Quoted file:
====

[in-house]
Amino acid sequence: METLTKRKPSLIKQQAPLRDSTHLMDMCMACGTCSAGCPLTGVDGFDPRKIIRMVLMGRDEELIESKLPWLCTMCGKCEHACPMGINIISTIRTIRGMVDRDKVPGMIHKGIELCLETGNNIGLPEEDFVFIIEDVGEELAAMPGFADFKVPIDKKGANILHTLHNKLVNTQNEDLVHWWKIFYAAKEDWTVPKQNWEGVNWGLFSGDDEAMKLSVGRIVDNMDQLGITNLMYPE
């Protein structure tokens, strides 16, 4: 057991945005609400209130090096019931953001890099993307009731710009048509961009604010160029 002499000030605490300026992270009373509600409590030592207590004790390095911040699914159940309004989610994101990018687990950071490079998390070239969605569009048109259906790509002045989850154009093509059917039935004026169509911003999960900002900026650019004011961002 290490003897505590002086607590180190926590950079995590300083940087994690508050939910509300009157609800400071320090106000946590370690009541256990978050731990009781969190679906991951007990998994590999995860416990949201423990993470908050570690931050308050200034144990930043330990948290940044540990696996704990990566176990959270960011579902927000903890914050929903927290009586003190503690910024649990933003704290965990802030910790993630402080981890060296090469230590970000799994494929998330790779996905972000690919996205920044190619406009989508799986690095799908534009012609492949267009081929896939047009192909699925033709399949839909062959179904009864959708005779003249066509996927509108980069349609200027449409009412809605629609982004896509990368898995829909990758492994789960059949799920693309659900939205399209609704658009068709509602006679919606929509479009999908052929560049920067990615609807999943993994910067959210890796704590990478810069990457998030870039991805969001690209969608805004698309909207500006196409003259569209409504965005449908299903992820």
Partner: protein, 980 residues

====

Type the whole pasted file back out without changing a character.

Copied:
[in-house]
Amino acid sequence: METLTKRKPSLIKQQAPLRDSTHLMDMCMACGTCSAGCPLTGVDGFDPRKIIRMVLMGRDEELIESKLPWLCTMCGKCEHACPMGINIISTIRTIRGMVDRDKVPGMIHKGIELCLETGNNIGLPEEDFVFIIEDVGEELAAMPGFADFKVPIDKKGANILHTLHNKLVNTQNEDLVHWWKIFYAAKEDWTVPKQNWEGVNWGLFSGDDEAMKLSVGRIVDNMDQLGITNLMYPE
């Protein structure tokens, strides 16, 4: 057991945005609400209130090096019931953001890099993307009731710009048509961009604010160029 002499000030605490300026992270009373509600409590030592207590004790390095911040699914159940309004989610994101990018687990950071490079998390070239969605569009048109259906790509002045989850154009093509059917039935004026169509911003999960900002900026650019004011961002 290490003897505590002086607590180190926590950079995590300083940087994690508050939910509300009157609800400071320090106000946590370690009541256990978050731990009781969190679906991951007990998994590999995860416990949201423990993470908050570690931050308050200034144990930043330990948290940044540990696996704990990566176990959270960011579902927000903890914050929903927290009586003190503690910024649990933003704290965990802030910790993630402080981890060296090469230590970000799994494929998330790779996905972000690919996205920044190619406009989508799986690095799908534009012609492949267009081929896939047009192909699925033709399949839909062959179904009864959708005779003249066509996927509108980069349609200027449409009412809605629609982004896509990368898995829909990758492994789960059949799920693309659900939205399209609704658009068709509602006679919606929509479009999908052929560049920067990615609807999943993994910067959210890796704590990478810069990457998030870039991805969001690209969608805004698309909207500006196409003259569209409504965005449908299903992820």
Partner: protein, 980 residues